When Jo and Richard Harris decided to start up the Alkmonton Dairy, they wanted to fulfil a dream – to supply milk as part of a completely eco-friendly package using a Proace electric milk van, glass bottles and solar power, all while driving as few farm-to-fridge miles as possible.
“We began bottling milk from my family’s herd of Ayrshires and started deliveries at the start of lockdown,” explained 33-year-old Richard Harris.
“I had a Toyota Hilux which I’d bought new from Derby in 2016 so we started-off using that for our Alkmonton Dairy deliveries. Processing our own milk means we can keep control of our business and set our own prices and not sending all our milk off to a processor means it doesn’t have to travel so far – keeping our carbon footprint small. Most of our deliveries are within about 12 miles of our farm.”
Alkmonton Dairy, near Ashbourne, Derbyshire has a herd of around 200 Ayrshires and produces milk, butter and cream delivering it to almost 1000 doorsteps, cafés, pubs and farm-shops in the area.
“I love farming and want to future-proof our farm by making it more appealing to the consumer, this means being as eco-friendly as we can,” added Richard.
“We bought a pair of Proace electric vans from Pinkstones in Stoke on Trent. With our NFU membership discount available through Toyota and the government grant, we saved about ten thousand pounds on each van. So they were much cheaper than other manufacturers’ similar vans.”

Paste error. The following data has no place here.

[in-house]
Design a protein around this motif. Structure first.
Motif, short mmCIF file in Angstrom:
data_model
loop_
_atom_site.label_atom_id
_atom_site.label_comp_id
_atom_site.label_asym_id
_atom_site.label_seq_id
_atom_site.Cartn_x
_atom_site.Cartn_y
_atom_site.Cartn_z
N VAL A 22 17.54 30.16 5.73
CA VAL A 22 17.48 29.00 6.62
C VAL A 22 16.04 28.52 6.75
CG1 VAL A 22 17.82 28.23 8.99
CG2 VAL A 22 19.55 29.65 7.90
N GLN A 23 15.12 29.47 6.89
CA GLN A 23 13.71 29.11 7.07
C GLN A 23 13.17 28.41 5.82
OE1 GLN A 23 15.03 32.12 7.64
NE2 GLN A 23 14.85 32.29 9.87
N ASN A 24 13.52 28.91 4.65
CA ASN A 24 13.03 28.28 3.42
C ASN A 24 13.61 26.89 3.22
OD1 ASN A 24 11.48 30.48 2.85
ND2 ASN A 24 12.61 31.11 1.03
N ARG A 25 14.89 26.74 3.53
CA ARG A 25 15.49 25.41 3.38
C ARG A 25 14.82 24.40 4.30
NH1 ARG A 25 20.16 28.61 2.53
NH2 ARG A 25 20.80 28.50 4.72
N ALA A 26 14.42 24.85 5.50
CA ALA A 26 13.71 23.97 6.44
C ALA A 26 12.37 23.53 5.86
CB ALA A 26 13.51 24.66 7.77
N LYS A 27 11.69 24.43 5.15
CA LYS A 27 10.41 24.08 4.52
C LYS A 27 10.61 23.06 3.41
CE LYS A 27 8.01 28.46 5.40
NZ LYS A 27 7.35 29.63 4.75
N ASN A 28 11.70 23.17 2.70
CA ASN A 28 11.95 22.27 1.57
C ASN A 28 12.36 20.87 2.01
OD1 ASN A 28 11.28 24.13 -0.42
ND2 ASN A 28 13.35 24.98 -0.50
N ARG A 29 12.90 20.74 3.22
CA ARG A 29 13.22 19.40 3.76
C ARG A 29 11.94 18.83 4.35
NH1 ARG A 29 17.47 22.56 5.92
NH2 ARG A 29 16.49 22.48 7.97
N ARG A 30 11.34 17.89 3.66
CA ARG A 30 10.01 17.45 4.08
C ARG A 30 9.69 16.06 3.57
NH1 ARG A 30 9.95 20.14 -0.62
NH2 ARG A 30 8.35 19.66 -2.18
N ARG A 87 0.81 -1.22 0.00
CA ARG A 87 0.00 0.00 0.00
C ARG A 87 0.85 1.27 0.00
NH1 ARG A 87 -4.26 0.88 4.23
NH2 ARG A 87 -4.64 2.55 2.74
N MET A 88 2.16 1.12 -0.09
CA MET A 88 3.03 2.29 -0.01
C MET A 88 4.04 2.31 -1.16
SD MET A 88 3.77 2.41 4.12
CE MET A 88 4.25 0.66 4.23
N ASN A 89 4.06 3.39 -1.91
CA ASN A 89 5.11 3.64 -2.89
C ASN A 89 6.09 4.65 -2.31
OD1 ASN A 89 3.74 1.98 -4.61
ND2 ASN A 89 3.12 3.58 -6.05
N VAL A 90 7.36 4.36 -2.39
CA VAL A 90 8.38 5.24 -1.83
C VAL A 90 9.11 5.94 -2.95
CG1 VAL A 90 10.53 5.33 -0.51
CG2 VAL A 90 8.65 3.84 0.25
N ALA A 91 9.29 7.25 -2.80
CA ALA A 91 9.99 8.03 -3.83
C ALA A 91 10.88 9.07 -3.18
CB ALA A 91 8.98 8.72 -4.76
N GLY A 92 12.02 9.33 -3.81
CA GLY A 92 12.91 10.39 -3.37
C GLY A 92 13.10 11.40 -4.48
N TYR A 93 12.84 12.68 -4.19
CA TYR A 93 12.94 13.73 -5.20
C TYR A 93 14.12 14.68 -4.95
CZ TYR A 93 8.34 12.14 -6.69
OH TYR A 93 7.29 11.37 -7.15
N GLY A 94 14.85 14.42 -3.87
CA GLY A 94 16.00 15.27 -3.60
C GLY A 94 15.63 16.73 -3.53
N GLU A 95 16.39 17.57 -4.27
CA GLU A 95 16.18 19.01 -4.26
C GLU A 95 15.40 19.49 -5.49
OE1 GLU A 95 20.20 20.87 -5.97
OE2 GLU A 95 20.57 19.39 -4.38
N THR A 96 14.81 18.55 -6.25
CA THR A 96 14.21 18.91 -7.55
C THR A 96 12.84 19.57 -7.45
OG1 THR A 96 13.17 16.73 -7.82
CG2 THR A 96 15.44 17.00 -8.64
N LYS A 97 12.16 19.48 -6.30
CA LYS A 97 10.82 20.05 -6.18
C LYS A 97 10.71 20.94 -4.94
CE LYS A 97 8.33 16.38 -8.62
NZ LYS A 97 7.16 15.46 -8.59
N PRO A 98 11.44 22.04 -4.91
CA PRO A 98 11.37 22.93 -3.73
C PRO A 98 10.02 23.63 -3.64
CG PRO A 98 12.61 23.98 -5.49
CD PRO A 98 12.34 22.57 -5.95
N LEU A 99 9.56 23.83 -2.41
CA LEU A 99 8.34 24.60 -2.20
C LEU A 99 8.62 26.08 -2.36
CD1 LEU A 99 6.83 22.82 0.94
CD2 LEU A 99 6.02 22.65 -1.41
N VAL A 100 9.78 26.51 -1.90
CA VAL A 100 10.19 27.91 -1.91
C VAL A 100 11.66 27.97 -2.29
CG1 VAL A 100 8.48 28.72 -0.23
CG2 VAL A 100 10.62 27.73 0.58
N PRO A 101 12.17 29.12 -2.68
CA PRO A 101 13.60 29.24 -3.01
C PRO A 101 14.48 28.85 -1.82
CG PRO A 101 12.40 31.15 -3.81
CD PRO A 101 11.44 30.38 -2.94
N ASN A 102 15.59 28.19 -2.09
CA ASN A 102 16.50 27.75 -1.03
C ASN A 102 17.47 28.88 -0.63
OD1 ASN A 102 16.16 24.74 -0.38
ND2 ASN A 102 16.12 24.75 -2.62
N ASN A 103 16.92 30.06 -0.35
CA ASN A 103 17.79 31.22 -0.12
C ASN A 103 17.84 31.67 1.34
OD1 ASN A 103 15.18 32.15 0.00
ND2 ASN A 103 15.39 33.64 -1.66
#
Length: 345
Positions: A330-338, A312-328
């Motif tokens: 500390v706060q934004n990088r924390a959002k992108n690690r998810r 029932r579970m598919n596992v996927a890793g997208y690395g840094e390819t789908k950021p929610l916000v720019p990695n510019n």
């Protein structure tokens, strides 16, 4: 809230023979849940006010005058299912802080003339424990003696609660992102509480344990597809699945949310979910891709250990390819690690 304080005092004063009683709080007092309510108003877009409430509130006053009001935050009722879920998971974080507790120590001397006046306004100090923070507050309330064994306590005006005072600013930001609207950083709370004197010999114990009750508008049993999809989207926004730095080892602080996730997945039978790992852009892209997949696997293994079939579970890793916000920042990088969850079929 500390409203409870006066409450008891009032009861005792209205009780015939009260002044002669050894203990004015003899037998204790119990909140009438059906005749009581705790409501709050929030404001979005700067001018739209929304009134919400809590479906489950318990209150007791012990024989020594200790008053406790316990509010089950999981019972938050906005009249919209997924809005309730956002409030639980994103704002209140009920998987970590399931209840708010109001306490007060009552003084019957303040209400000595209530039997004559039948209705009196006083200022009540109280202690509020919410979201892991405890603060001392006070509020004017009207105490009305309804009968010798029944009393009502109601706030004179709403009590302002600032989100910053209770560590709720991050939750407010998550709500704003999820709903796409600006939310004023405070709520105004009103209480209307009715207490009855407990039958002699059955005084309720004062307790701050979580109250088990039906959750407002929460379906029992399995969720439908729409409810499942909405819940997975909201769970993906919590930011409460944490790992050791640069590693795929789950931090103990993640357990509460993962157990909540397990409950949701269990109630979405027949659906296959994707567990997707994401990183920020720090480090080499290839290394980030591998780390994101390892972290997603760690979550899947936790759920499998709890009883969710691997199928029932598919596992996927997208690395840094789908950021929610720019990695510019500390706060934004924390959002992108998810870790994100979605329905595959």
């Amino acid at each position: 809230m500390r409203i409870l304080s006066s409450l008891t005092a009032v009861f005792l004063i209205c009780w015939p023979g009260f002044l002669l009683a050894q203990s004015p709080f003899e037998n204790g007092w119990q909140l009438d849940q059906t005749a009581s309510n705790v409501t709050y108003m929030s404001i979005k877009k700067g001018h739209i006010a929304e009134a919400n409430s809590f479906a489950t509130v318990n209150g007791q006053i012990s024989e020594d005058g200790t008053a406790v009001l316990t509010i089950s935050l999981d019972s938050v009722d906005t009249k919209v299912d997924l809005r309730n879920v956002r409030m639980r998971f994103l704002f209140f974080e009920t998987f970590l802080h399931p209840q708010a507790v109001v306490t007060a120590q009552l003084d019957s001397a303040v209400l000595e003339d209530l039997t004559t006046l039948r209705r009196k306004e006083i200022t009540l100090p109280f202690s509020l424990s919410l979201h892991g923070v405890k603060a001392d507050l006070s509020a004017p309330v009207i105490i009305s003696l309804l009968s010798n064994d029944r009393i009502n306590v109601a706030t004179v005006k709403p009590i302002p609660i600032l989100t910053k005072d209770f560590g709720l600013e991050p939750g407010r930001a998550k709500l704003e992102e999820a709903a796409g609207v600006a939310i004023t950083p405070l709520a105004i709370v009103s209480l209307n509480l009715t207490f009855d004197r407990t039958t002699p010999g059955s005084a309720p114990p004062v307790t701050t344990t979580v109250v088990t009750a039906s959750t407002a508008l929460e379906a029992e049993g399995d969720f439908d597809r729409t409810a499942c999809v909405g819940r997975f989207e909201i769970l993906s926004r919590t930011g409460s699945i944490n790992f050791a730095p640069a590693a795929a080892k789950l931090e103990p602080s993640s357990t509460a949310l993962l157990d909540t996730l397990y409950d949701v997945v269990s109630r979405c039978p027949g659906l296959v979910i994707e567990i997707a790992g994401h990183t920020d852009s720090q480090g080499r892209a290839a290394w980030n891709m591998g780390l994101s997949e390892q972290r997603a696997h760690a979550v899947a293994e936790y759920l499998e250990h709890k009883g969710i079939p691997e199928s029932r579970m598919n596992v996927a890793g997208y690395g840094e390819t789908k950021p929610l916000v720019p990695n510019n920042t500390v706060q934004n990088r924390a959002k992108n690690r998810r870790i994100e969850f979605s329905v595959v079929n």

“We also had them fitted with fridge units from Cool Kit in Burnley. This took a while and was an added investment – they also had to fit batteries for the chillers, as the demand on the van’s batteries would have been too great. But overall, our vans are saving us money in running costs.
“We’ve installed a pair of BG Sync EV 7kW chargers. And as they’re only out on deliveries from 4.30 in the morning until lunchtime, there’s plenty of down-time to give our electric milk vans a good slow charge. Our long-term plan is to put solar panels up on our dairy roof to make the vans even more environmentally friendly.
“We only had the second Proace electric milk van delivered last week so it’s hard to tell exactly what their running costs are yet – but it’s looking like they’re costing about £180 per month – that compares to the diesel vans they replaced which each used about £150 of diesel every week.
“We have to get to know our vans, but so far there’s not been a problem with range. They both have the larger 75kW batteries and are doing about 800 miles a week over six days,” he said.
“Being a young couple we wanted to do something fun with the electric milk vans – so we had them sign-written to look just like our brown and white Ayrshire cows and added ‘We’ve gone green – milk delivered by electric vehicles’ stickers.
“There’s still a demand, from some of our customers, to have milk in plastic bottles, but we’re seeing this percentage continue to fall in favour of reusable one litre and 500ml glass bottles,” said Jo.
There are many similarities between Alkmonton Dairy’s cosy Toyota electric milk vans and the open-cabbed milk floats of the past. The dawn-chorus of clinking bottles and almost silent buzz of electric motors has returned to Derbyshire. But perhaps the only noise missing is the sound of milkmen rubbing their hands together to keep warm.